Still relevant

Black No More:
Being an Account of the Strange and Wonderful Workings of Science in the Land of the Free, AD 1933-1940
by George S Schuyler.
Penguin Classics Science Fiction 2021 (1931).

[Dr Crookman] was naively surprised that there should be opposition to his work. Like most men with a vision, a plan, a program or a remedy, he fondly imagined people to be intelligent enough to accept a good thing when it was offered to them, which was conclusive evidence that he knew little about the human race.

Chapter Three

Imagine if an innovative process involving “glandular control and electrical nutrition” became available, allowing those with a dark skin pigment to become as pale as a majority white population; how many would take advantage of that process and what effect, if any, would that have?

A black US journalist, George Schuyler, did imagine just that in 1930, demonstrating in this, his sharp dystopian satire, a humorous and cynical approach that was underpinned by a realistic grasp of human weaknesses. Interestingly, it appeared just before a major shift in American politics when under Franklin D Roosevelt’s New Deal reforms the Democratic Party became more socially liberal while the Republicans established themselves firmly as the party of the right.

But what hasn’t changed is human nature, along with the doublethink that still holds sway, especially in the US, all of which makes Schuyler’s narrative so relevant to our contemporary world and its societies ninety years on.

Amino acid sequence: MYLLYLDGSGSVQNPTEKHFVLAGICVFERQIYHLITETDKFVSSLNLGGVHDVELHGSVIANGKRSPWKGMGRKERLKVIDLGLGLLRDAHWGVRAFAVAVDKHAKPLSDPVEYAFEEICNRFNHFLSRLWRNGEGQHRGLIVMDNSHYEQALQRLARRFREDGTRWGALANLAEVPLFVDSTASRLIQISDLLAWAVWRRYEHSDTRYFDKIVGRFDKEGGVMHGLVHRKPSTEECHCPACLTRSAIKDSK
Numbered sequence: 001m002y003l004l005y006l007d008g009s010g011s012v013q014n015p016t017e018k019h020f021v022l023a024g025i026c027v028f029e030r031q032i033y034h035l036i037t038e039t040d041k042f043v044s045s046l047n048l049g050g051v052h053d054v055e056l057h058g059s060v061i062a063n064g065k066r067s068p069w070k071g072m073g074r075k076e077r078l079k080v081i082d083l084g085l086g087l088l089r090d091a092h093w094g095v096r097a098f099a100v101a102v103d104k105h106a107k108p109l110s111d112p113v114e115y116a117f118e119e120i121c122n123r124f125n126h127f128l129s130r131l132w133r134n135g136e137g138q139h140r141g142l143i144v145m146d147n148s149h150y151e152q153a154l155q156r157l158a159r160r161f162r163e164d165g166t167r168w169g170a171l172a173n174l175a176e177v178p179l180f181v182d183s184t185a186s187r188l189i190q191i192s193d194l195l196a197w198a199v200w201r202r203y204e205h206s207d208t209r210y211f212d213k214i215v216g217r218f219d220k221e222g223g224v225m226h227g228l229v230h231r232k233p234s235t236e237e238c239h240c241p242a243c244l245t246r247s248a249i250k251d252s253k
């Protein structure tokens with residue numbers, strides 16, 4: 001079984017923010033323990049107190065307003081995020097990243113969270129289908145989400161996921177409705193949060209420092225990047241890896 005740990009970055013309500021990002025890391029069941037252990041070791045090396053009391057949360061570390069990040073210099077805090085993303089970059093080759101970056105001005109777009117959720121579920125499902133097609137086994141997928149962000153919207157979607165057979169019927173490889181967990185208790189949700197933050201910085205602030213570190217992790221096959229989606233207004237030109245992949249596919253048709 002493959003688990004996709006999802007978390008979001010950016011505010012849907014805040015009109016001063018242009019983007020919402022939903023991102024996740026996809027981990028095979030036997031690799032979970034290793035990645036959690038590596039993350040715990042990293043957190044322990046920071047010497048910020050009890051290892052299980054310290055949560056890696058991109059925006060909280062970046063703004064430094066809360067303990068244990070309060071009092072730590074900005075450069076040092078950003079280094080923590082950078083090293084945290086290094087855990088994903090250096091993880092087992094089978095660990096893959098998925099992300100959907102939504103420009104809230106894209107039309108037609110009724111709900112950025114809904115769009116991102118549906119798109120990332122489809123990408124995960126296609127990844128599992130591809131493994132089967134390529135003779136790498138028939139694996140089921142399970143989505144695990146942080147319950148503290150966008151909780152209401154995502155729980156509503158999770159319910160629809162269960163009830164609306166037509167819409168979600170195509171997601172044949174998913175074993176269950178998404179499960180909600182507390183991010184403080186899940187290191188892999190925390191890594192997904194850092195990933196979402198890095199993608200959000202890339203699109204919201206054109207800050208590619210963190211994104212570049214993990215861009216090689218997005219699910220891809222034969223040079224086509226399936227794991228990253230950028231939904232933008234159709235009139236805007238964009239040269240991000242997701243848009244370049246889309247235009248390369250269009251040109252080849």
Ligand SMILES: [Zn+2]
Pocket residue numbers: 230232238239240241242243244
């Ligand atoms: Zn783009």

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Vintage Scifi?

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I was born the year before Nineteen Eighty-Four was published: it was doubtless written and completed during 1948, with the future date arrived at by simply reversing the final two digits. I’ve now read a couple of titles for Vintage Scifi Month but, as with 1984, Flowers for Algernon doesn’t apparently strictly doesn’t count as “vintage” because it was published in 1966, well after I was born (the rule of thumb for this “not-a-challenge”). But, luckily for me, 1898’s The War of the Worlds indeed does count, and has now been read and reviewed here.

As a matter of interest, I decided to see what did qualify as vintage SF for someone of my age. And, depending what one counts as Science Fiction, it turns out the answer is … “quite a lot”, providing one includes scientific romances, allegories and other speculative titles that seem to cross genres.

Here then is a list of what I currently estimate as a personal Vintage Scifi, calculated from a couple of online timelines of the genre: I shall be travelling backwards in time which, in the circumstances, seems quite apt.

(Links are to my reviews on this blog. And here’s some discussion on what constitutes science fiction.)

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The best-laid plans

The best-laid schemes o’ mice an’ men
Gang aft agley,
An’ lea’e us nought but grief an’ pain,
For promis’d joy!

Each year recently I’ve resolved to either eschew reading challenges altogether or make them manageable by calling them goals or wishes. And each year I find myself sorely tempted by shiny new-to-me memes.

It will surprise none of you that 2021 seems to be the same old same old. In 2016 I succeeded in completing the quantity of books I’d aimed (in the Goodreads Reading Challenge) for by year’s end simply by underestimating the number I was certain to finish, and that’s continued to be the case for five years. But other goals have been more elusive: the fifty titles I listed to be ticked off for the Classics Club challenge ending 2020 remained unachieved, even though I changed some of my choices.

So, Twenty-Twenty-one, how goes it?

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